Letter by Dart et al Regarding Article, “Differential Impact of Blood Pressure-Lowering Drugs on Central Aortic Pressure and Clinical Outcomes: Principal Results of the Conduit Artery Function Evaluation (CAFE) Study”
To the Editor:
We read with interest the recent article from the Conduit Artery Function Evaluation (CAFE) investigators1 on estimated central aortic blood pressure. The use of central arterial waveforms and estimates of central pressures in routine clinical practice would be justified if such measures materially add to the prognostic information provided by “routine” blood pressure measures, most usually obtained from brachial artery sphygmomanometry. The results from CAFE confirm our own recent findings from a substudy of The Australian National Blood Pressure Study 2 (ANBP2) 2 showing that this is not the case.3 In our study, neither central augmentation index nor central systolic or pulse pressure was a significant predictor of outcome, whereas brachial systolic and pulse pressures were. Diastolic pressure was not related to outcome in our study. In the CAFE study,1 central pulse pressure was either less predictive than brachial pulse pressure or of approximately similar predictive value. Augmentation index was not predictive of outcome in 2 of the 3 adjusted models. No information is provided regarding the predictive value of diastolic pressure.
There are several differences in the 2 studies that may account for the fact that central pressures and waveforms were of no predictive value in our cohort. Our study was in women, who only made up about 20% of the CAFE cohort. In our study, we did not include development of renal impairment as an end point, as they did in CAFE. The rationale for including this, a component of the tertiary end point of the parent Anglo-Scandinavian Cardiac Outcomes Trial (ASCOT) study,4 is unclear, as it is not obvious that estimated proximal aortic pressure would provide a good estimate of renal artery pressures. We would be interested to know how central pressures and augmentation index were related to the primary and secondary end points of the ASCOT study. In our study,2 all central pressure and waveform data were collected before treatment rather than during treatment, as in CAFE. Furthermore, we recorded carotid waveforms, whereas in CAFE, a radial waveform was used and transformed to give a putative central aortic pressure. It is interesting that despite the differences in study design, brachial pulse pressure, measured before treatment in our study and during treatment in CAFE, was similarly related to risk, with a hazard ratio of 1.19 (per 10 mm Hg) in our study and 1.23 in the CAFE study.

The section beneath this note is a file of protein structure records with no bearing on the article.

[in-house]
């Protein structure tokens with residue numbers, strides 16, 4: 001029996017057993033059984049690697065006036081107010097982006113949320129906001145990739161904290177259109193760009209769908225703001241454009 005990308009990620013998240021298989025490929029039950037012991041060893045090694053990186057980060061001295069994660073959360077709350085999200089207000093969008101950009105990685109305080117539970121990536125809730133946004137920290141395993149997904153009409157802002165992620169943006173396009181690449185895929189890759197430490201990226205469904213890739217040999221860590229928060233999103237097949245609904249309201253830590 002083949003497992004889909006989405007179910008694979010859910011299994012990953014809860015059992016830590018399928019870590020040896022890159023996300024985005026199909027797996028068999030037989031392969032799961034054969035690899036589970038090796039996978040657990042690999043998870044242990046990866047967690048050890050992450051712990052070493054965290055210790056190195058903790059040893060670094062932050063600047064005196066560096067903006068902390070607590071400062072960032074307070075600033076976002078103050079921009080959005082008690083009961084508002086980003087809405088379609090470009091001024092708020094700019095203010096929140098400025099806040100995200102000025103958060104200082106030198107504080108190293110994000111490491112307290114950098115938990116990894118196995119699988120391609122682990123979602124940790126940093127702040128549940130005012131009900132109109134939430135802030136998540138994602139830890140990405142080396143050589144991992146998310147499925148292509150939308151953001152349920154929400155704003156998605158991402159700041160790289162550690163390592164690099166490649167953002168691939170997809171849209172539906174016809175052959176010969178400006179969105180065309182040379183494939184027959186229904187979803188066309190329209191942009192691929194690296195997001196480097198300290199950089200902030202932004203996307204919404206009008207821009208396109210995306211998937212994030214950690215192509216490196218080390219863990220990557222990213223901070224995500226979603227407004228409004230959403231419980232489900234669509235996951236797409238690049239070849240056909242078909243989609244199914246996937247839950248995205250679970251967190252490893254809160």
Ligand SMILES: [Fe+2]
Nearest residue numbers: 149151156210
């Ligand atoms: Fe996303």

We concur with the editorial5 accompanying the CAFE study that the technique of radial tonometry is “not yet ready for prime time” (p 1163) in routine clinical practice, but we believe that along with other methods for assessing central arterial parameters, it should remain an area of active research.
Drs Dart and Kingwell have received NHMRC grants. Dr Gatzka reports no disclosures.
Williams B, Lacy PS, Thom SM, Cruickshank K, Stanton A, Collier D, Hughes AD, Thurston H, O’Rourke M. Differential impact of blood pressure-lowering drugs on central aortic pressure and clinical outcomes: principal results of the Conduit Artery Function Evaluation (CAFE) Study. Circulation. 2006; 113: 1213–1225.
Wing LM, Reid CM, Ryan P, Beilin LJ, Brown A, Jennings GL, Johnston CI, McNeil JJ, Macdonald GJ, Marley JE, Morgan TO, West MJ. A comparison of outcomes with angiotensin-converting–enzyme inhibitors and diuretics for hypertension in the elderly. N Engl J Med. 2003; 348: 583–592.
Dart AM, Gatzka CD, Kingwell BA, Willson L, Cameron JD, Liang Y-L, Berry KL, Wing LMH, Reid CM, Ryan P, Beilin LJ, Jennings GL, Johnston CI, McNeil JJ, MacDonald GJ, Morgan TO, West MJ. Brachial blood pressure but not carotid arterial waveforms predict cardiovascular events in elderly female hypertensives. Hypertension. 2006; 47: 785–790.
Dahlof B, Sever PS, Poulter NR, Wedel H, Beevers DG, Caulfield M, Collins R, Kjeldsen SE, Kristinsson A, McInnes GT, Mehlsen J, Nieminen M, O’Brien E, Ostergren J. Prevention of cardiovascular events with an antihypertensive regimen of amlodipine adding perindopril as required versus atenolol adding bendroflumethiazide as required, in the Anglo-Scandinavian Cardiac Outcomes Trial-Blood Pressure Lowering Arm (ASCOT-BPLA): a multicentre randomised controlled trial. Lancet. 2005; 9489: 895–906.
Oparil S, Izzo JL. Pulsology rediscovered: commentary on the conduit artery function evaluation (CAFE) Study. Circulation. 2006; 113: 1162–1163.